• Germany – DE
  • France – FR
  • United Kingdom – UK
  • Canada – CA

Java Locale Language Tags

Language tags are strings with a special format used to give information on a particular locale. It can be as simple as “en” for English or as complex as “zh-cmn-Hans-CN” for Chinese, Mandarin, Simplified script, used in China.

Language tags are used by Locale.forLanguageTag(LanguageTag) to create Locale objects.

This code does nothing but creating a Locale object using the “en-US” language tag.

Language Ranges

Language range is a set of Language tags that share certain attributes. For example, “es-*” can be used to recognize Spanish in any region.

TheLocale.LanguageRange constructor used in the above example takes two arguments. The first argument is the language range, and the second argument is weight. Usually, this weight is used to express the user’s preference. In this example, we’ve created three ranges from the highest user preference to the lowest user preference.

Creating Priority Lists

You can create a priority list using a set of language ranges.

rangeString is a valid string with set of locales and their weights. Then we parse it using the parse() method in Locale.LanguageRange class to create a Language priority list.

Using Priority Lists to Filter Tags

In the previous example, we created a Language priority list. In the Language tag filtering process, we match a set of language tags against a Priority list.

The output of this program is:

en_US

en_GB

The Scope of Locale

One of the most important aspects of using locale in Java is its scope. You don’t have to use the same locale in one single program. Actually, you can give a different locale to each locale-sensitive object used in your application.

An interesting case would be the development of distributed applications. Suppose your application receives requests from different countries. How do you decide on the locale of the application? What you can do here is using separate threads to serve requests and assign a locale for each thread.

Retrieving Locale Information

The Locale object offers many methods for obtaining information about the locale being used. Let’s get to know some of them.

Get the Language of the Locale

ThegetLanguage() and getISO3Language() method can be used to retrieve the language of the locale. Here, getLanguage() returns an ISO2 letter while getISO3Language() an ISO3 letter.

The output is:

Locale: de

ISO 2: de

ISO 3: deu

First, I created a locale object using Locale constants. Then, I called the getLanguage() method on that object. It returns an ISO2 code for the German language which is de. Next, I called locale.getISO3Language(). It returned an ISO3 code for the German language which is deu.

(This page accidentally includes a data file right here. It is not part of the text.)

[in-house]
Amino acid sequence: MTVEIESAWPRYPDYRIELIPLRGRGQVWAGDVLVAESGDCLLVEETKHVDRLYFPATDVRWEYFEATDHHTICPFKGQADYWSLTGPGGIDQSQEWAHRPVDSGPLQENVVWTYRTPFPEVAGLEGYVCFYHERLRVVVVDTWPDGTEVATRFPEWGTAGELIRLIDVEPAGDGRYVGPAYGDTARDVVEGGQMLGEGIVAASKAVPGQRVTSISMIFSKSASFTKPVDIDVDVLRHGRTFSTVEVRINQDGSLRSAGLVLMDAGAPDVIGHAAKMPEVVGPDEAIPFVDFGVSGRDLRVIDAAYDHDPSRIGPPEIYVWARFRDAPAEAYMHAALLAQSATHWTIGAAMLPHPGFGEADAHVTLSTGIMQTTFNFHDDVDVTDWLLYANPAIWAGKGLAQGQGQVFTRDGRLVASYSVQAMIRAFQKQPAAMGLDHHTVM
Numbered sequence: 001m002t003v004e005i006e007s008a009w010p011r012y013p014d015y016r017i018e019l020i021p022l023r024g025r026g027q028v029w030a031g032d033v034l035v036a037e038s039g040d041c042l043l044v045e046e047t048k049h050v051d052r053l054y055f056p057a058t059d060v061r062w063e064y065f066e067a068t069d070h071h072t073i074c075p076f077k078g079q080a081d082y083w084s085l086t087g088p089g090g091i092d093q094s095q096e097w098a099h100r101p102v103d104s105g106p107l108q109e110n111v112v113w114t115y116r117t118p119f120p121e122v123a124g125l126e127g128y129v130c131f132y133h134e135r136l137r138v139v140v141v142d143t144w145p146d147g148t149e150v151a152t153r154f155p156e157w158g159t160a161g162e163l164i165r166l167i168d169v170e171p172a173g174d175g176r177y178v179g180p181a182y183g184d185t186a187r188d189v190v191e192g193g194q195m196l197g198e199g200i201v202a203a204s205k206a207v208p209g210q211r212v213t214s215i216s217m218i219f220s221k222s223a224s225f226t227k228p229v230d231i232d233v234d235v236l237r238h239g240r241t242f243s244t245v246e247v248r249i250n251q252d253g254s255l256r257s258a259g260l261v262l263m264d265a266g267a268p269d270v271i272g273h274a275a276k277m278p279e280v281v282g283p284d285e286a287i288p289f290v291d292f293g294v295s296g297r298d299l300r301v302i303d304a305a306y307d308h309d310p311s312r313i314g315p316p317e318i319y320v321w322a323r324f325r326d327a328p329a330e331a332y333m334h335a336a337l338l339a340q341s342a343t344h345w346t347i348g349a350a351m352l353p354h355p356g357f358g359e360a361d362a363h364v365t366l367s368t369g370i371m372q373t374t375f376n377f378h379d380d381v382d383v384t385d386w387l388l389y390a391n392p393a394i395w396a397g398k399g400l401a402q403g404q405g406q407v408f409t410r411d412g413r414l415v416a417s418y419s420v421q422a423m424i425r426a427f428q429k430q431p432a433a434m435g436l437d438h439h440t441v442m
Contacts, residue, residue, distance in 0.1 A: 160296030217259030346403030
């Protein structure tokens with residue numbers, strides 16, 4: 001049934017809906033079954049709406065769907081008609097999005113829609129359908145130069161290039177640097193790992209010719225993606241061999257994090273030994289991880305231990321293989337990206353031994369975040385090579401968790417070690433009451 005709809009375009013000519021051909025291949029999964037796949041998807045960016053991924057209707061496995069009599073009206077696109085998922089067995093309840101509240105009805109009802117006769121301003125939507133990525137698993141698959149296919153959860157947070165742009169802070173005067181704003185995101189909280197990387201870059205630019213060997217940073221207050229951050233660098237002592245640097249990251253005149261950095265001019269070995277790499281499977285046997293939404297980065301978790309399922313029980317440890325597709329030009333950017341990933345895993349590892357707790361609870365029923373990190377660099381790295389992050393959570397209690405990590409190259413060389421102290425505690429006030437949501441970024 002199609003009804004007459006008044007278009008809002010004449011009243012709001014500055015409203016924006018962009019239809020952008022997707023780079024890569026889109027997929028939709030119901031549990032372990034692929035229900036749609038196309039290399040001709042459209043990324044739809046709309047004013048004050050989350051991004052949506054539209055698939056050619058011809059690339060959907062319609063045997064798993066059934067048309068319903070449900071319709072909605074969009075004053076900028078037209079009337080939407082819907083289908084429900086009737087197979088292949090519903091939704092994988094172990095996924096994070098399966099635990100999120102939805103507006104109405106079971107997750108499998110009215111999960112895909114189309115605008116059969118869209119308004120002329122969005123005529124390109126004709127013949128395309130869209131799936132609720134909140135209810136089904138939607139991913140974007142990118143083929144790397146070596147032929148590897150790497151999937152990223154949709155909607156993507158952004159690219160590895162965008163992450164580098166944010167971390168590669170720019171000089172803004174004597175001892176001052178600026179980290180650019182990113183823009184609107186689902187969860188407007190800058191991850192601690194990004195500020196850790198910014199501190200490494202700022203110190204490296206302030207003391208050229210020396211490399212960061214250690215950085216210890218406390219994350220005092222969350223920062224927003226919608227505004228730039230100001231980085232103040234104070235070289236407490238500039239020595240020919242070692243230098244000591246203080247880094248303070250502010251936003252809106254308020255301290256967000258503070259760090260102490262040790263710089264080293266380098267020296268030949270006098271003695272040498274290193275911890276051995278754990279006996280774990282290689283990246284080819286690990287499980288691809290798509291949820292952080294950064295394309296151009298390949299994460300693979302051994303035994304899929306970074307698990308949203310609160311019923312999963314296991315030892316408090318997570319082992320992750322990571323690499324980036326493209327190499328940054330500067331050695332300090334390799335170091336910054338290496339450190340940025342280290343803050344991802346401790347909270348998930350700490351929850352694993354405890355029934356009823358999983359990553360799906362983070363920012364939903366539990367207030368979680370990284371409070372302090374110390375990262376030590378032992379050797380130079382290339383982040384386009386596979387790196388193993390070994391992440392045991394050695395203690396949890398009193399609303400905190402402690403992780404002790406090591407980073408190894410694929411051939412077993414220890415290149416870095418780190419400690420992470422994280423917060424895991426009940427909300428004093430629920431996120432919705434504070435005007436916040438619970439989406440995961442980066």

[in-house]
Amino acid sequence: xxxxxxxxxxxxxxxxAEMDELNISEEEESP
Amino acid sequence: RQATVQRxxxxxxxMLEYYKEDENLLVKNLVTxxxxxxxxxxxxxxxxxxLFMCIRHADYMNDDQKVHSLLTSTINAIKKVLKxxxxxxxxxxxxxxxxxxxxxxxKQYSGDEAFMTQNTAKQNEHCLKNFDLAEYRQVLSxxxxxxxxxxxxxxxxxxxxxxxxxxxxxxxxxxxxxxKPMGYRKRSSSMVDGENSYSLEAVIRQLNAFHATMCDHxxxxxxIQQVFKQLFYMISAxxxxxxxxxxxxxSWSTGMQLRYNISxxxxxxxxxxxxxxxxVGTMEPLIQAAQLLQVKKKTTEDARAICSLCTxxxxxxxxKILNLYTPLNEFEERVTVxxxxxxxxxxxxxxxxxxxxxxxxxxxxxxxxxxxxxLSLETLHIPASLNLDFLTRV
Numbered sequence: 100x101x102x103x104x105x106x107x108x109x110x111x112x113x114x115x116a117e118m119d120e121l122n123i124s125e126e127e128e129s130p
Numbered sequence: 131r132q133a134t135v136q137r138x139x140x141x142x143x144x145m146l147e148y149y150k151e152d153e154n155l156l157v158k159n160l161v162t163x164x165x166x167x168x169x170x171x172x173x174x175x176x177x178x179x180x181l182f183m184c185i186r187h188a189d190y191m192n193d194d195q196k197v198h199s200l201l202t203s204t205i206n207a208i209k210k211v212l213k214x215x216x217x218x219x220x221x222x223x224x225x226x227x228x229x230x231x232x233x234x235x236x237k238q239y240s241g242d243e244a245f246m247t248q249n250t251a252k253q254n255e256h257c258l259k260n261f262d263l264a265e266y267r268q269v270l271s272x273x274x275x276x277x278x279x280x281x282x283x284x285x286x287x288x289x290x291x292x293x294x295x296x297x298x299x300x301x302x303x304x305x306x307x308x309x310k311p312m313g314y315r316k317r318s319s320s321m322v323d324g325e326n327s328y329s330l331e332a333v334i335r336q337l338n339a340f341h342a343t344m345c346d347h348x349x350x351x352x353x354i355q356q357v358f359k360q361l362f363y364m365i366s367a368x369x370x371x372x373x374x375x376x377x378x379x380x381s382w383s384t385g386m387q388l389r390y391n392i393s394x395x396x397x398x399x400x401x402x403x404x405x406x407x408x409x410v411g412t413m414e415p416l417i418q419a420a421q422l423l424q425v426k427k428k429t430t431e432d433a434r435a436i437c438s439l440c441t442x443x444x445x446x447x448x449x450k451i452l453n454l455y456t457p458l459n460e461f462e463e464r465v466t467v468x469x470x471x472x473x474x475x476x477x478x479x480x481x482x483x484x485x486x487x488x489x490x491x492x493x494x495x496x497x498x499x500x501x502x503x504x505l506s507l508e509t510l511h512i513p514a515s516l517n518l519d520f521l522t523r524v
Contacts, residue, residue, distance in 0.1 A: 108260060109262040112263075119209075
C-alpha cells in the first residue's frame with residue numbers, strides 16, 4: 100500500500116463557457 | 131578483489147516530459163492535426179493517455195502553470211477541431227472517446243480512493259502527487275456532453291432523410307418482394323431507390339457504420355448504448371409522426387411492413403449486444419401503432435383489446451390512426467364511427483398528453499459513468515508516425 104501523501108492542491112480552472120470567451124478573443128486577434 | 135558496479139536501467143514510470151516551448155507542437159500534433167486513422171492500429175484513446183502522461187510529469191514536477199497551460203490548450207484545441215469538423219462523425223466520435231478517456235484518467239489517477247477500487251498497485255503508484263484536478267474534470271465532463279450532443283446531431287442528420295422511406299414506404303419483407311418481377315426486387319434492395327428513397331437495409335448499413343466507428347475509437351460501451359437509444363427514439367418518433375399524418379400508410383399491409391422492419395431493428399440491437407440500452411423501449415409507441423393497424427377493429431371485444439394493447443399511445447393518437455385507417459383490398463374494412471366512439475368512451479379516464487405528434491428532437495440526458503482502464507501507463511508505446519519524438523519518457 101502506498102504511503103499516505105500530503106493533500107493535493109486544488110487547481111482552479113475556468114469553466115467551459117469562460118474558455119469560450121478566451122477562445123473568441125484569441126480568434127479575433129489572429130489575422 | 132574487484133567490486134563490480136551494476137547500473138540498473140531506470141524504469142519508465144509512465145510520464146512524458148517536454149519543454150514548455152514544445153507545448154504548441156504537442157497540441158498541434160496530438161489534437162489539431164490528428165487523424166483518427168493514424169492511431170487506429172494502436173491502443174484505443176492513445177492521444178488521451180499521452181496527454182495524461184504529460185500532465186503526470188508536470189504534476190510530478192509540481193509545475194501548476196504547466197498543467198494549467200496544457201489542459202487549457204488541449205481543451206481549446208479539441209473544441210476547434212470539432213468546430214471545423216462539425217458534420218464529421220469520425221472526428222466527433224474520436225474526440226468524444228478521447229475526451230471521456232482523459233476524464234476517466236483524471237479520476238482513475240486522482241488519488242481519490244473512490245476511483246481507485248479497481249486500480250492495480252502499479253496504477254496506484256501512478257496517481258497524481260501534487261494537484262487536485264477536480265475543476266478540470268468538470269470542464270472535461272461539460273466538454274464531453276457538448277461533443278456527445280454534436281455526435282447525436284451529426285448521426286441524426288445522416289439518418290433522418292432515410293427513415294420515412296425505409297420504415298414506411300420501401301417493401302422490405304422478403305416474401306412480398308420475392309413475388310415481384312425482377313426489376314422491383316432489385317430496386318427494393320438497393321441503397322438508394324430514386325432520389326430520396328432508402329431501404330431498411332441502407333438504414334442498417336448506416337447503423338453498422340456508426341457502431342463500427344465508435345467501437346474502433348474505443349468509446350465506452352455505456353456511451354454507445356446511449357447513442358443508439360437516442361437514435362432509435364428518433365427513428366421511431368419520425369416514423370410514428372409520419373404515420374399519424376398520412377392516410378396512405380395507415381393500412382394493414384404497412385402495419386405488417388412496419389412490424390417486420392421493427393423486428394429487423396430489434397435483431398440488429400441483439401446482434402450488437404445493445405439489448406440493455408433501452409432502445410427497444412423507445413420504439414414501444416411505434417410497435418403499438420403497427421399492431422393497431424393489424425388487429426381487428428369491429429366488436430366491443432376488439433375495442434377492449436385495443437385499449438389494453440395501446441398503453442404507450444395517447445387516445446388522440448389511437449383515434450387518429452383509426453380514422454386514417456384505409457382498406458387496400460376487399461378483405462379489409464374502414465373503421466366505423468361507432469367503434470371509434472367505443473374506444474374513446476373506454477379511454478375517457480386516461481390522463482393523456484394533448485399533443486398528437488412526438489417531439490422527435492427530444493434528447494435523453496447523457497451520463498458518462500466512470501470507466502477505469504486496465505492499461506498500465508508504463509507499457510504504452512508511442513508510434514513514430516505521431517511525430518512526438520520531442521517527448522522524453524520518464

Get the Country of the Locale

ThegetCountry() and getISO3Country() can be used to retrieve the language of the locale. Here, getCountry() returns ISO2 letter while getISO3Country() returns ISO3 letter.

The output of this code will be quite similar to the previous example:

Locale: de_DE

ISO 2 letter: DE

ISO 3 letter: DEU

If you check the output in the above examples, those short form tags are not suitable for users. Java Local object provides methods which return that above details in more readable fashion. 

Get Display Language

The getDisplayLanguage method is used to get the language in a more common fashion. There are two overriding getDisplayLanguage methods. If you use an empty-argument method, it will return the value in the default locale. If you pass the target locale as an argument, this method will return value from target locale.

Output :

German

Deutsch

In the first case, you haven’t passed any argument to the getDisplayLanguage method. Therefore, the locale value (German) is displayed in the default locale, which is en_US. Next, I attributed the target locale to the getDisplayLanguage method. Therefore Deutsch is displayed.

Get Display Country

The getDisplayCountry Method will return the locale called in a readable form. The getDisplayCountry Method works similarly to the getDisplayLanguage Method.

The output will be quite similar to the previous example, except that this time the country will be displayed.

Get Display Name

The getDisplayName method can be used to get the full locale name on which it is called. It works similar to the previous two methods:

The output would look like this:

German (Germany)

Deutsch (Deutschland)

Wrapping Up

If you are comfortable with Java internationalization, you may want to go a few steps further and learn how to internationalize JSP applications or how to internationalize a Spring boot application. If you find it difficult to Internationalize your Java application, read this article to find out if you can make use of a professional localization service. PhraseApp can help you to manage your localization projects in many ways. Beside Java, PhraseApp also supports other programming languages including PHP, Python, Ruby or JavaScript. Sign up for a free 14-day trial and try it for yourself.

Internationalization with Java Locale